The advancement of science, a proliferation of data and the accelerated development of computing capabilities has led businesses to be more inquisitive in relation to tools and technologies.
One phenomenon that has emerged is algorithmic forecasting, which relies on historical data and statistical models to predict what is likely to happen in the future. Algorithms are chosen and modern computing capabilities make collecting, storing and analysing data fast and affordable.
Forecasting has traditionally been, and is still seen by many organisations today, a time-consuming process, based on spreadsheets and with limited use of external drivers. With three out of four organisations still using spreadsheets to prepare plans, budgets and forecasts, we are yet to see organisations scale and adopt algorithmic forecasting across the enterprise.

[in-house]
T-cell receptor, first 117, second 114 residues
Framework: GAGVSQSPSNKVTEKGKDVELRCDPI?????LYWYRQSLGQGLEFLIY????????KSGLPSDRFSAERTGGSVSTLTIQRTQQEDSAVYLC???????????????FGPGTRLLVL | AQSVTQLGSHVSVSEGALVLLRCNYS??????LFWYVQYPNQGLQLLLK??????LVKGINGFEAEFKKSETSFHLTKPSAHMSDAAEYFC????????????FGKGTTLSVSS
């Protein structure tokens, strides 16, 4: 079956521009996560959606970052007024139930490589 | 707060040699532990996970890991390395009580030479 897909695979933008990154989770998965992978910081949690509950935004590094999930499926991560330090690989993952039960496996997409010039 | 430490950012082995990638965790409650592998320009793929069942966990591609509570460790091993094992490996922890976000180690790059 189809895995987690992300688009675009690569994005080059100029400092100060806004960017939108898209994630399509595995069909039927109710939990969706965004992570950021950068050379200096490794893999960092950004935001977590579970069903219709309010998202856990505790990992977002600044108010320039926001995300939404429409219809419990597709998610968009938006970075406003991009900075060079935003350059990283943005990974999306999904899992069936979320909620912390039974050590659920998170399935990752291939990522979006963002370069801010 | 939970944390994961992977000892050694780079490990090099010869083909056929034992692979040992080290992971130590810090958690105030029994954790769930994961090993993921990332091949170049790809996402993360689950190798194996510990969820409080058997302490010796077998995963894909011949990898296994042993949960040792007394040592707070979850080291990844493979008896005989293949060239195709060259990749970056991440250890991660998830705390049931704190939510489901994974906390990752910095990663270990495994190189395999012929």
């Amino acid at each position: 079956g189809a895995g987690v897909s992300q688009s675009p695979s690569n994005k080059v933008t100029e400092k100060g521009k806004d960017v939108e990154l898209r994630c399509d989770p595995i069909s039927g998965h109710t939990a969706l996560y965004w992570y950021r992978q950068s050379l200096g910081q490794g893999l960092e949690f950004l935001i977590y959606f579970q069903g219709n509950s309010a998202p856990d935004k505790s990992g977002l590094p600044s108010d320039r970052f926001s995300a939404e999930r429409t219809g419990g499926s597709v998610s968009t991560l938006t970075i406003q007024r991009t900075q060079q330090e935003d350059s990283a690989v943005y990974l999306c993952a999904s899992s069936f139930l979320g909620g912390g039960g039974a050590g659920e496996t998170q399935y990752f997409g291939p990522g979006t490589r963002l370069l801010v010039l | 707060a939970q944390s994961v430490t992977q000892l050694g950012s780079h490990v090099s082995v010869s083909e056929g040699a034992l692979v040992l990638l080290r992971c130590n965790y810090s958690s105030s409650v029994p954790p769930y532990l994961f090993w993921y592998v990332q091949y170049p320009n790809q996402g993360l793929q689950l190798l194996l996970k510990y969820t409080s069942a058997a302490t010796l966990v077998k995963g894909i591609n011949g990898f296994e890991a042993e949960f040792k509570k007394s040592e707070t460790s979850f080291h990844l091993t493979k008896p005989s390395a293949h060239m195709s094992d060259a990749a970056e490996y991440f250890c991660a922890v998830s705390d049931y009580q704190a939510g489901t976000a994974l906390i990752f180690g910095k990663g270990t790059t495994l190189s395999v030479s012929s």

Indeed, 94% of respondents do not currently use algorithmic forecasting and 30% of respondents state that current planning processes focus more on what has happened rather than what will happen. Organisations have clearly been hesitant about adopting algorithmic forecasting to complement or part-replace traditional planning techniques, but do recognise that it can provide a useful reference point in the planning, budgeting and forecasting (PB&F) process.